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United States Department of Agriculture

Agricultural Research Service

Research Project: GENETIC AND IMMUNE STRATEGIES TO CONTROL MUCOSAL PATHOGENS OF SWINE Title: Probing genetic control of swine responses to PRRSV infection: Current Progress of the PRRS Host Genetics Consortium.

Authors
item LUNNEY, JOAN
item Steibel, J -
item Reecy, J -
item Kerrigan, M -
item Trible, B -
item Rowland, B.B. -

Submitted to: International Symposium on Animal Genomics for Animal Health
Publication Type: Proceedings
Publication Acceptance Date: March 15, 2010
Publication Date: N/A

Technical Abstract: Understanding the role of host genetics in resistance to porcine reproductive and respiratory syndrome virus (PRRSV) infection, and the effects of PRRS on pig health and related growth, are goals of the PRRS Host Genetics Consortium (PHGC). The project uses a nursery pig model to assess pig resistance/susceptibility to primary PRRSV infection. To date, 6 groups of 200 crossbred pigs from high health farms were donated by commercial sources. After acclimation, the pigs were infected with PRRSV in a biosecure facility and followed for 42 days post infection (dpi). Blood samples were collected at 0, 4, 7, 10, 14, 21, 28, 35 and 42 dpi, and weekly weights recorded. All data have been entered into the PHGC relational database. Genomic DNA from all PHGC1-4 pigs were prepared and genotyped with the Porcine SNP60 SNPchip. Results have affirmed that all pigs become PRRSV infected with peak viremia from 4-21 dpi. Multivariate statistical analyses of viral load and weight data have identified PHGC pigs in different virus/weight categories. Sera are now being compared for factors involved in recovery from infection, including speed of response and levels of immune cytokines. These studies will compare data from PRRS resistant/maximal growth pigs to PRRS susceptible/reduced growth pigs. Overall, the PHGC project will enable researchers to verify important genotypes and phenotypes that predict resistance/susceptibility to PRRSV infection. The PHGC is funded by the US National Pork Board, USDA ARS, USDA NIFA PRRS CAP and functional genomic grants, NRSP8 Swine Genome and Bioinformatics Coordinators, and private companies.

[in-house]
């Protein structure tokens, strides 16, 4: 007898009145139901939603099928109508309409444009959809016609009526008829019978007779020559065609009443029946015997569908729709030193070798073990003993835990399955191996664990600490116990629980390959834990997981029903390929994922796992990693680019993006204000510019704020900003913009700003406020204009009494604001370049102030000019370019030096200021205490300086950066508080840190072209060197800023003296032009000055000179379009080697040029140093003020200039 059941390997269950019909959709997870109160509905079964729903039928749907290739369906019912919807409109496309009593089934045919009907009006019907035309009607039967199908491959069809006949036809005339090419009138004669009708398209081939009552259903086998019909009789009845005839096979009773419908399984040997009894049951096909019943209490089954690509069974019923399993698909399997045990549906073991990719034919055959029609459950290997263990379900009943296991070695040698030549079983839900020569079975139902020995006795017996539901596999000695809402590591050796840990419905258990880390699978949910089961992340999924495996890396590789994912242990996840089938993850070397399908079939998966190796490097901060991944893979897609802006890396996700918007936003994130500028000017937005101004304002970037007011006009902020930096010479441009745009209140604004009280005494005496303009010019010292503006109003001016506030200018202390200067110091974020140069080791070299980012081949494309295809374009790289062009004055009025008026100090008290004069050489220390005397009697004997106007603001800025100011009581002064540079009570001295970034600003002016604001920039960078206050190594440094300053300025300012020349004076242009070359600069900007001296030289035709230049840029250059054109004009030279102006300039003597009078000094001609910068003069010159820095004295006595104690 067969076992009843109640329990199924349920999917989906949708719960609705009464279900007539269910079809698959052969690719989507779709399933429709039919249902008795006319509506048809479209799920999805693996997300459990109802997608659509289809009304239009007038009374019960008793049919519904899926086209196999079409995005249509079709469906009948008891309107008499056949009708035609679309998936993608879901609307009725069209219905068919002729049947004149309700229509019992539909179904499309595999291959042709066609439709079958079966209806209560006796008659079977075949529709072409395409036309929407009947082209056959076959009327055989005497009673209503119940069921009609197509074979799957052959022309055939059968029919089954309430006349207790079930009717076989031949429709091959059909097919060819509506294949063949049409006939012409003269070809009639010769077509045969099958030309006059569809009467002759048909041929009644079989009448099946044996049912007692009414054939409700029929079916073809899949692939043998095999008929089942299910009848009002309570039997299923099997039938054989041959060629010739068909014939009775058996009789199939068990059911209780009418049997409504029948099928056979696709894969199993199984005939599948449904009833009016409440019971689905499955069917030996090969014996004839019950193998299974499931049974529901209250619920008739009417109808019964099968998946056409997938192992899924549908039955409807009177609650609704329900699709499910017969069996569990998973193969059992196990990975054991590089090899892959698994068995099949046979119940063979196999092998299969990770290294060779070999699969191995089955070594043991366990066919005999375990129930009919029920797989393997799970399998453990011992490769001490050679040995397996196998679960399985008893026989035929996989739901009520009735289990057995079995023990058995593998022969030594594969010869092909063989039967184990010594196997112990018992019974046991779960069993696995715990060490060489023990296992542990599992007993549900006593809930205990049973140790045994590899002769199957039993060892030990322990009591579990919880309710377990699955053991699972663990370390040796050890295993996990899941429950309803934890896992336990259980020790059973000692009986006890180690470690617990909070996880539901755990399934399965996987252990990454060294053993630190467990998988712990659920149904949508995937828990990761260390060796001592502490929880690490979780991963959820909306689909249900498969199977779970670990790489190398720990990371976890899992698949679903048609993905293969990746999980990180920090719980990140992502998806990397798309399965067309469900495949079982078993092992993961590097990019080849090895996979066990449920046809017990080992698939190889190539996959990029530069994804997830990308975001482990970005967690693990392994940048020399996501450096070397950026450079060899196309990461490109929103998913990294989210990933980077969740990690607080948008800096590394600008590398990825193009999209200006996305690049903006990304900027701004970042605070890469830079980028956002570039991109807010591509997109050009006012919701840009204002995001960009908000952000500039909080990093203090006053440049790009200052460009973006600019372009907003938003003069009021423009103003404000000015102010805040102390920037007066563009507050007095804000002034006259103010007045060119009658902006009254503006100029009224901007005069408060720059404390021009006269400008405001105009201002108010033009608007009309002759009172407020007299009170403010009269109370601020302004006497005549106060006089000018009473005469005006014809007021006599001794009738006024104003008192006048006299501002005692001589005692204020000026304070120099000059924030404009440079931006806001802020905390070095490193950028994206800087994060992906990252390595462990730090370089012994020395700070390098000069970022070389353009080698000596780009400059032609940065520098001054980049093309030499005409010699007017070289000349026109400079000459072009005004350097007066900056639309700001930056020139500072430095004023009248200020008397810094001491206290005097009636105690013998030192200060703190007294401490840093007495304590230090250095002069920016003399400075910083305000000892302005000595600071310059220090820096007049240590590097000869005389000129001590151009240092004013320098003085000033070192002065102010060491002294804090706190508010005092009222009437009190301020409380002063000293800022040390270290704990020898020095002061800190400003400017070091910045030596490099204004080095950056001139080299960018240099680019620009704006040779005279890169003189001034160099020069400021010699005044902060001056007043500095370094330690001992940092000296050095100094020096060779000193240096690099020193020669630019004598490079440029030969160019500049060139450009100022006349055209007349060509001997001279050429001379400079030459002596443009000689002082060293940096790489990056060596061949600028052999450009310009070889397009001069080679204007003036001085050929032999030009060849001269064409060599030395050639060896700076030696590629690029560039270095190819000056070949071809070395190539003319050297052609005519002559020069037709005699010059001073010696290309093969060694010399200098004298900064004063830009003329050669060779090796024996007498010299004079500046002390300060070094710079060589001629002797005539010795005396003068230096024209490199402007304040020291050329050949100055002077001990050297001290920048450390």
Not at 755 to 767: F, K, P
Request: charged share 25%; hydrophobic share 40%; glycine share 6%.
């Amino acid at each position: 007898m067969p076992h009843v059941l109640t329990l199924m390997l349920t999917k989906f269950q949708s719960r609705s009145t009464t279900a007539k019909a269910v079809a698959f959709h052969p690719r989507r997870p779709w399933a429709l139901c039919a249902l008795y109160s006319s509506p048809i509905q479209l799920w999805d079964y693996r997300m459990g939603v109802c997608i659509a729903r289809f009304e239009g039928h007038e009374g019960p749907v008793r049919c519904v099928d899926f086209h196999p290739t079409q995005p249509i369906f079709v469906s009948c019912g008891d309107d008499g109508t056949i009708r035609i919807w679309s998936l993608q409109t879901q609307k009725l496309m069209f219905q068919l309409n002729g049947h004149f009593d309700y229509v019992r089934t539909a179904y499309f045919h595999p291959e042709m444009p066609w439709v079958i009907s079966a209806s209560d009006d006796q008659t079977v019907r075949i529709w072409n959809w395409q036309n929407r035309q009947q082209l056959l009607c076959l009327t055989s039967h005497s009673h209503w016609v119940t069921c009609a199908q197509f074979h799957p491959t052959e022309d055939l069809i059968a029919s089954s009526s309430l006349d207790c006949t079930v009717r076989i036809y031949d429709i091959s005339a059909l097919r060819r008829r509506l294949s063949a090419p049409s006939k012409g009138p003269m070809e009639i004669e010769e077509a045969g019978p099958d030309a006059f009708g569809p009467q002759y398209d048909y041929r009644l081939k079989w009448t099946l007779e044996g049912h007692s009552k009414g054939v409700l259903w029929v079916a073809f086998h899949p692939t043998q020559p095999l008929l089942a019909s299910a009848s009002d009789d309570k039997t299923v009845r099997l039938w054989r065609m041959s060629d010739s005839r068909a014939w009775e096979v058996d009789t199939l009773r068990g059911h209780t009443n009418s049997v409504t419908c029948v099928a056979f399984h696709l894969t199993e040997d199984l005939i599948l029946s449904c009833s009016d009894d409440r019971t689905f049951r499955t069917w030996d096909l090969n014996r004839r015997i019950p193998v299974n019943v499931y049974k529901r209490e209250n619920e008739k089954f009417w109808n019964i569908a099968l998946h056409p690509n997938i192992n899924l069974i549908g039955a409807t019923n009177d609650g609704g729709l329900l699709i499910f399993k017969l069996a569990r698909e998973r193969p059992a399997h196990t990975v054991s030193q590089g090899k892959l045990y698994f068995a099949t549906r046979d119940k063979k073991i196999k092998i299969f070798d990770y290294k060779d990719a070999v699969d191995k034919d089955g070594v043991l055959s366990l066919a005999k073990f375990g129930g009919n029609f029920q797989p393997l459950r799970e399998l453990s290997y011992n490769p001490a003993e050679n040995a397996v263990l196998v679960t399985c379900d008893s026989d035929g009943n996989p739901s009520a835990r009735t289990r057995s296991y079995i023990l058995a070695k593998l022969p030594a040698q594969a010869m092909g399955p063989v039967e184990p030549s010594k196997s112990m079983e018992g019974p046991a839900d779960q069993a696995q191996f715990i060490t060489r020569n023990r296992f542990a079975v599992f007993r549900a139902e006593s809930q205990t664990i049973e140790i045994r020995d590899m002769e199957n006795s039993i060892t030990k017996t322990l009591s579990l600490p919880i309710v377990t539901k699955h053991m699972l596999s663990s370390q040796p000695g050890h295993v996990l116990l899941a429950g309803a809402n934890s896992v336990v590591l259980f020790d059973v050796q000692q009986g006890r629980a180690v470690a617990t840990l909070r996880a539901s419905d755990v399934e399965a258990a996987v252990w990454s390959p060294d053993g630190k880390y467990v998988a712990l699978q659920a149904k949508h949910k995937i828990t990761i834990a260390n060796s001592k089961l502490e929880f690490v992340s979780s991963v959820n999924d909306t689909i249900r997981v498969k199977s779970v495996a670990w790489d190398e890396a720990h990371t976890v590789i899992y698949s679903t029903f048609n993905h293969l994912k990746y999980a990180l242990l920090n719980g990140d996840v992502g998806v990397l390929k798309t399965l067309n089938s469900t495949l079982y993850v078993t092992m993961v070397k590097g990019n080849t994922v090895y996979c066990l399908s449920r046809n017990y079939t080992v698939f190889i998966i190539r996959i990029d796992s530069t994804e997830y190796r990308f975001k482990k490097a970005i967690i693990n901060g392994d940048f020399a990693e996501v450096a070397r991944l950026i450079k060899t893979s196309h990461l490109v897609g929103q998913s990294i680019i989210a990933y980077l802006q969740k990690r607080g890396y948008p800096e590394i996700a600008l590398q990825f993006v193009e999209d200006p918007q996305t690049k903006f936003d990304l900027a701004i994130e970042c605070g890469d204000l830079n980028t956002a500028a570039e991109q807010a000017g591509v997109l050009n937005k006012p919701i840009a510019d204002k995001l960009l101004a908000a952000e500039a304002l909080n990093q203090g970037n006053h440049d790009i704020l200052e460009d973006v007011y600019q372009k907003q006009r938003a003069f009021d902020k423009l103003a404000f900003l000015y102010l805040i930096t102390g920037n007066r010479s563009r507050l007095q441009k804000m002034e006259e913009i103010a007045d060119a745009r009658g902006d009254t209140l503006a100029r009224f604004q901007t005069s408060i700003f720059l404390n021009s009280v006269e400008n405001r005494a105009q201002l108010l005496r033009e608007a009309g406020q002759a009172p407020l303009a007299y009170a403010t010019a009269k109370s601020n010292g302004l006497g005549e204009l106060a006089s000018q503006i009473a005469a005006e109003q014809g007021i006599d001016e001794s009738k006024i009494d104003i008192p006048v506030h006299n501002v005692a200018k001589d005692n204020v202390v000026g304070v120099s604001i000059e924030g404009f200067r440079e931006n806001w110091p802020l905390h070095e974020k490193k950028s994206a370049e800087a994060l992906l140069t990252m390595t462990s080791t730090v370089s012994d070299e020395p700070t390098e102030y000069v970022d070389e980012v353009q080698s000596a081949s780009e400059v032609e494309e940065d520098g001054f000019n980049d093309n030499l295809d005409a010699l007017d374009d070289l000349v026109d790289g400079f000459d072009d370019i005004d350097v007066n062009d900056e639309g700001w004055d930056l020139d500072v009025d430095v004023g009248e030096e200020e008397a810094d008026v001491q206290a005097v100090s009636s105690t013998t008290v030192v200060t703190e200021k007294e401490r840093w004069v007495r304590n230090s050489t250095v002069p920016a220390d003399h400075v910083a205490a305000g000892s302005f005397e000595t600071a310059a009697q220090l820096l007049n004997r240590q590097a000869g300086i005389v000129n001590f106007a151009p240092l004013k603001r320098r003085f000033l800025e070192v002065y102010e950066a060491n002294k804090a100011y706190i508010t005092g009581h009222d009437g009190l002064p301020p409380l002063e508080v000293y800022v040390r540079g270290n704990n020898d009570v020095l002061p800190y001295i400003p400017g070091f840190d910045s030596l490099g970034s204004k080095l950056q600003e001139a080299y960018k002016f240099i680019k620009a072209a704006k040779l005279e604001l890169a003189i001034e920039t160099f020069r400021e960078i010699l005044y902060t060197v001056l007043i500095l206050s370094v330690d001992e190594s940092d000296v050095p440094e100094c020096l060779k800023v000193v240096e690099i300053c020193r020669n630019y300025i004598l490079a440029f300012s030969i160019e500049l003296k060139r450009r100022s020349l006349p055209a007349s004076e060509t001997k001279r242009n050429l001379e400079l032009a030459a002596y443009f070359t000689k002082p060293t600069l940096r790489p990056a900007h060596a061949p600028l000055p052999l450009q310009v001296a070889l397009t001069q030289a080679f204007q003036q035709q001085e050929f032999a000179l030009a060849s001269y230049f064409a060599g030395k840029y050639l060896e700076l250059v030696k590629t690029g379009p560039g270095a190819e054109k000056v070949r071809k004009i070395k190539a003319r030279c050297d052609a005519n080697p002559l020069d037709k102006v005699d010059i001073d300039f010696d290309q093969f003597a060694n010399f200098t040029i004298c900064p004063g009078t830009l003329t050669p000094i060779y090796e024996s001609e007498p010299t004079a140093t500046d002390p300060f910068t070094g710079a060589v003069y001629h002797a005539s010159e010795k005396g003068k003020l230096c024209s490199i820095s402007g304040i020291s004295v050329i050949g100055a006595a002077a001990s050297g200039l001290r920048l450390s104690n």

Last Modified: 8/19/2014
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